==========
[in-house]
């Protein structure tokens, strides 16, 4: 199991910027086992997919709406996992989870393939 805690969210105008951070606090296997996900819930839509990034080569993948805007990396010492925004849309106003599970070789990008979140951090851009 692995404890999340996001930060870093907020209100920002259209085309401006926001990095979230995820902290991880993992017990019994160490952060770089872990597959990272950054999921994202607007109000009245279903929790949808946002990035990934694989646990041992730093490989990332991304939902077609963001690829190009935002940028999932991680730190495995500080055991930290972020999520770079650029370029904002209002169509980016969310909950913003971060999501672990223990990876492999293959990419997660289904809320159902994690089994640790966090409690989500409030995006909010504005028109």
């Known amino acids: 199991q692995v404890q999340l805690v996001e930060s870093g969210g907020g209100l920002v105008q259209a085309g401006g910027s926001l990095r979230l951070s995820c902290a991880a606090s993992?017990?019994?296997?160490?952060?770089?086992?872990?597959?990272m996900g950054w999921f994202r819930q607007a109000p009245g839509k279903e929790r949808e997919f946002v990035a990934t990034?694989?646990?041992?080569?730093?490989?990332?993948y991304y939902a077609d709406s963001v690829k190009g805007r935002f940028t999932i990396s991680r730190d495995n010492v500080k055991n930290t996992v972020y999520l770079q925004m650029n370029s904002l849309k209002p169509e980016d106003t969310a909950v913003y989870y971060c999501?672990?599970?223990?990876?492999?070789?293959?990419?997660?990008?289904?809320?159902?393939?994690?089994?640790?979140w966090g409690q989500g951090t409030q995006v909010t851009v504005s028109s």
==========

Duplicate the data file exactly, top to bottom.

[in-house]
């Protein structure tokens, strides 16, 4: 199991910027086992997919709406996992989870393939 805690969210105008951070606090296997996900819930839509990034080569993948805007990396010492925004849309106003599970070789990008979140951090851009 692995404890999340996001930060870093907020209100920002259209085309401006926001990095979230995820902290991880993992017990019994160490952060770089872990597959990272950054999921994202607007109000009245279903929790949808946002990035990934694989646990041992730093490989990332991304939902077609963001690829190009935002940028999932991680730190495995500080055991930290972020999520770079650029370029904002209002169509980016969310909950913003971060999501672990223990990876492999293959990419997660289904809320159902994690089994640790966090409690989500409030995006909010504005028109």
């Known amino acids: 199991q692995v404890q999340l805690v996001e930060s870093g969210g907020g209100l920002v105008q259209a085309g401006g910027s926001l990095r979230l951070s995820c902290a991880a606090s993992?017990?019994?296997?160490?952060?770089?086992?872990?597959?990272m996900g950054w999921f994202r819930q607007a109000p009245g839509k279903e929790r949808e997919f946002v990035a990934t990034?694989?646990?041992?080569?730093?490989?990332?993948y991304y939902a077609d709406s963001v690829k190009g805007r935002f940028t999932i990396s991680r730190d495995n010492v500080k055991n930290t996992v972020y999520l770079q925004m650029n370029s904002l849309k209002p169509e980016d106003t969310a909950v913003y989870y971060c999501?672990?599970?223990?990876?492999?070789?293959?990419?997660?990008?289904?809320?159902?393939?994690?089994?640790?979140w966090g409690q989500g951090t409030q995006v909010t851009v504005s028109s």